(Originally published January 27, 2015)
Many American conservatives oppose universal health insurance because they see it as fundamentally antithetical to a free society. “If we persevere in our quixotic quest for a fetishized medical equality we will sacrifice personal freedom as its price,” wrote a guest editorialist in the ]Wall Street Journal in 2009. But according to the Heritage Foundation, a leading conservative think tank, ten nations freer than the United States have achieved universal health coverage. It turns out that the right kind of health reform could cover more Americans while increasing economic freedom.
Today, Heritage published its 2015 Index of Economic Freedom, an annual look at economic liberty around the world. The United States stayed put at #12, just below Ireland, Mauritius, and Denmark.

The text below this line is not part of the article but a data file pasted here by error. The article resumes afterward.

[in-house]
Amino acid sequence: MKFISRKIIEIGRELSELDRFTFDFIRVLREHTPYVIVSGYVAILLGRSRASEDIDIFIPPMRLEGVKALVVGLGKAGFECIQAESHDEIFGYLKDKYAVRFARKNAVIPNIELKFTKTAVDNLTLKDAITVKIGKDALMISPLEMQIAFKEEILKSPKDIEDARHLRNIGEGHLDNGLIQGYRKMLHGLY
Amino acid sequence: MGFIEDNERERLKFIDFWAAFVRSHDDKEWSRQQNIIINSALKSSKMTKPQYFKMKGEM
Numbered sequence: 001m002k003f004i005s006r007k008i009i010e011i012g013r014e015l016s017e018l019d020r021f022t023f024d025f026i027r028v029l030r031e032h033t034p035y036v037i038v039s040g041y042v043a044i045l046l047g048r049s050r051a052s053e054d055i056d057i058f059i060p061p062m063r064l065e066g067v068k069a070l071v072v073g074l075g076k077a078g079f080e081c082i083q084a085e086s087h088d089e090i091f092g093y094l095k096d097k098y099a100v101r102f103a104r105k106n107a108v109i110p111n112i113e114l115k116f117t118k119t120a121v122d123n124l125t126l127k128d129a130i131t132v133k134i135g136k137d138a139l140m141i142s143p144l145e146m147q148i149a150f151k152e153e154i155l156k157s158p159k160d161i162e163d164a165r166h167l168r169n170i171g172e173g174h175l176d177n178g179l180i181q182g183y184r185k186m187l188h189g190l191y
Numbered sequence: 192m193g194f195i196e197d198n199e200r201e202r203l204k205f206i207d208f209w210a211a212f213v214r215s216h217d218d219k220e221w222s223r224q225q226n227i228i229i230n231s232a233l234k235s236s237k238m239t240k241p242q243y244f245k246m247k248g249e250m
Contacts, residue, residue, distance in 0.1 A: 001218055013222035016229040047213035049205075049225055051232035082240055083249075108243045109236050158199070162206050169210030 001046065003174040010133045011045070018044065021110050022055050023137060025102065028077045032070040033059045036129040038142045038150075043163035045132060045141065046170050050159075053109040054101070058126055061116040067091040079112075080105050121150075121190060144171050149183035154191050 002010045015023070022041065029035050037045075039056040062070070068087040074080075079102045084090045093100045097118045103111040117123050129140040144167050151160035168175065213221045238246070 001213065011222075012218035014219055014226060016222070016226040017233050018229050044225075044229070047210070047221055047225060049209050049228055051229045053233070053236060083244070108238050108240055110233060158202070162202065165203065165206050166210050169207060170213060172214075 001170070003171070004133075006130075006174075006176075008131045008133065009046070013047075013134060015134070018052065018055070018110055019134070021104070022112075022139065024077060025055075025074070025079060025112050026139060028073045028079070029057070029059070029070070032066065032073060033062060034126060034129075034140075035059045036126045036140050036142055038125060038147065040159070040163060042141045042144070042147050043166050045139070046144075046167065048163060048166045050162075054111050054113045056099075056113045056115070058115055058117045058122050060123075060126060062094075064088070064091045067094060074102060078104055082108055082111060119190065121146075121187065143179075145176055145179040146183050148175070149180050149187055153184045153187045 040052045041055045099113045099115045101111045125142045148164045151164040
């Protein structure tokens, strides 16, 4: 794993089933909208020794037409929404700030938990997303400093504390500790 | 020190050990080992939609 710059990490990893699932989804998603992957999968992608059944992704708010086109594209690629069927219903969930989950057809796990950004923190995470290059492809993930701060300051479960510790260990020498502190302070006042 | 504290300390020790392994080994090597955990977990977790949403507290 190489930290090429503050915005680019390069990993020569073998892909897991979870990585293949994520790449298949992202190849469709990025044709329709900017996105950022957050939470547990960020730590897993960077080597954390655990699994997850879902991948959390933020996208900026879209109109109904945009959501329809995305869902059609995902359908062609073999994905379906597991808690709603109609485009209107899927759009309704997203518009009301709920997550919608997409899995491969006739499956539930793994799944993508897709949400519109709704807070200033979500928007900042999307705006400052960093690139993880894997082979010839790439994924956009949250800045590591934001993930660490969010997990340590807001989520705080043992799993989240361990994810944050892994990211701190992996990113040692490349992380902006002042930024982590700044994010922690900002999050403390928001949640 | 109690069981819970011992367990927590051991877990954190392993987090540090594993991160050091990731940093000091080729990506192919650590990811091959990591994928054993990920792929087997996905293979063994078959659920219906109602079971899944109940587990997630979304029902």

What’s striking about the list is that of the eleven countries ahead of the U.S. in economic freedom, ten have achieved universal coverage. Many Americans on both the right on the left subscribe to the myth that the U.S. has a free-market health care system. It doesn’t. U.S. government entities spend more per-capita on health care than all but two other countries in the world.
The Swiss and Singaporean models
The two advanced economies with the most economically free health care systems—Switzerland and Singapore—have achieved universal health insurance while spending a fraction of what the U.S. spends. Switzerland’s public spending on health care is about half of America’s, and Singapore’s is about a fifth of ours. If we had either of those systems, we wouldn’t have a federal budget deficit.
Tellingly, on the Heritage Index of Economic Freedom, both Switzerland (#5) and Singapore (#2) rank far higher than the U.S. on overall economic freedom. Both countries serve as models for my health reform plan, Transcending Obamacare, which would adapt features of the Swiss and Singaporean health care systems to liberate U.S. health care from onerous regulations and wasteful spending. We’ve modeled the plan as reducing federal spending by $10.5 trillion over 30 years, while increasing the number of people with health insurance by 12 million.